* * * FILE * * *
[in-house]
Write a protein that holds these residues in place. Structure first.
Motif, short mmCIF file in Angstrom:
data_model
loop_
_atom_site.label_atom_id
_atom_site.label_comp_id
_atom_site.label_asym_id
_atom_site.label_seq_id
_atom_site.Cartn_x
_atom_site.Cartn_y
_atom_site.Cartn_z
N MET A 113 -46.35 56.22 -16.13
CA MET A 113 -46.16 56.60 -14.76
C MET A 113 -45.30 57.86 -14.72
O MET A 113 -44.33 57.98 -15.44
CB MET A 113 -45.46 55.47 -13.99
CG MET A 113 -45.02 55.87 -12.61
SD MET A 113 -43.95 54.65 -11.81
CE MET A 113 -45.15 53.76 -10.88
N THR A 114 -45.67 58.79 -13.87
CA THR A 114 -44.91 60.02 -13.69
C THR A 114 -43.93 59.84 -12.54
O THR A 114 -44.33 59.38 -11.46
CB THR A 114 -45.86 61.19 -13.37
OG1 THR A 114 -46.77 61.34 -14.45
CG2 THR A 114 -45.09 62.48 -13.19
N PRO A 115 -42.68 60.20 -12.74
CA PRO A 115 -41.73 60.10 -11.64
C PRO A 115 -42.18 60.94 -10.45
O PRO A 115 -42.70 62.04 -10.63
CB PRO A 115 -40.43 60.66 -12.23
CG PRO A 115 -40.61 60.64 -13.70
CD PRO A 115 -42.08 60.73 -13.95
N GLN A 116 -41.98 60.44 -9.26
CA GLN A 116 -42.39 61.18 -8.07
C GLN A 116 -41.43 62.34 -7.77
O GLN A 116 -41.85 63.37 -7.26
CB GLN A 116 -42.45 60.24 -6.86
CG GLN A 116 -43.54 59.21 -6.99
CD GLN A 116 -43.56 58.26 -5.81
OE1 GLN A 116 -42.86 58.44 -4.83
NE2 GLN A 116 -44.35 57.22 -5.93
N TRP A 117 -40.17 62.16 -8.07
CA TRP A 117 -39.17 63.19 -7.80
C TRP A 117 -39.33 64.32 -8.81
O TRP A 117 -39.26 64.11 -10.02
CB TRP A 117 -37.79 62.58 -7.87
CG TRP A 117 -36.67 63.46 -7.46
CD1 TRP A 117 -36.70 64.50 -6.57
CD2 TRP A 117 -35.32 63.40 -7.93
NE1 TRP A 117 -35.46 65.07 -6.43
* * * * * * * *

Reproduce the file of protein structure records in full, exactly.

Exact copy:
[in-house]
Write a protein that holds these residues in place. Structure first.
Motif, short mmCIF file in Angstrom:
data_model
loop_
_atom_site.label_atom_id
_atom_site.label_comp_id
_atom_site.label_asym_id
_atom_site.label_seq_id
_atom_site.Cartn_x
_atom_site.Cartn_y
_atom_site.Cartn_z
N MET A 113 -46.35 56.22 -16.13
CA MET A 113 -46.16 56.60 -14.76
C MET A 113 -45.30 57.86 -14.72
O MET A 113 -44.33 57.98 -15.44
CB MET A 113 -45.46 55.47 -13.99
CG MET A 113 -45.02 55.87 -12.61
SD MET A 113 -43.95 54.65 -11.81
CE MET A 113 -45.15 53.76 -10.88
N THR A 114 -45.67 58.79 -13.87
CA THR A 114 -44.91 60.02 -13.69
C THR A 114 -43.93 59.84 -12.54
O THR A 114 -44.33 59.38 -11.46
CB THR A 114 -45.86 61.19 -13.37
OG1 THR A 114 -46.77 61.34 -14.45
CG2 THR A 114 -45.09 62.48 -13.19
N PRO A 115 -42.68 60.20 -12.74
CA PRO A 115 -41.73 60.10 -11.64
C PRO A 115 -42.18 60.94 -10.45
O PRO A 115 -42.70 62.04 -10.63
CB PRO A 115 -40.43 60.66 -12.23
CG PRO A 115 -40.61 60.64 -13.70
CD PRO A 115 -42.08 60.73 -13.95
N GLN A 116 -41.98 60.44 -9.26
CA GLN A 116 -42.39 61.18 -8.07
C GLN A 116 -41.43 62.34 -7.77
O GLN A 116 -41.85 63.37 -7.26
CB GLN A 116 -42.45 60.24 -6.86
CG GLN A 116 -43.54 59.21 -6.99
CD GLN A 116 -43.56 58.26 -5.81
OE1 GLN A 116 -42.86 58.44 -4.83
NE2 GLN A 116 -44.35 57.22 -5.93
N TRP A 117 -40.17 62.16 -8.07
CA TRP A 117 -39.17 63.19 -7.80
C TRP A 117 -39.33 64.32 -8.81
O TRP A 117 -39.26 64.11 -10.02
CB TRP A 117 -37.79 62.58 -7.87
CG TRP A 117 -36.67 63.46 -7.46
CD1 TRP A 117 -36.70 64.50 -6.57
CD2 TRP A 117 -35.32 63.40 -7.93
NE1 TRP A 117 -35.46 65.07 -6.43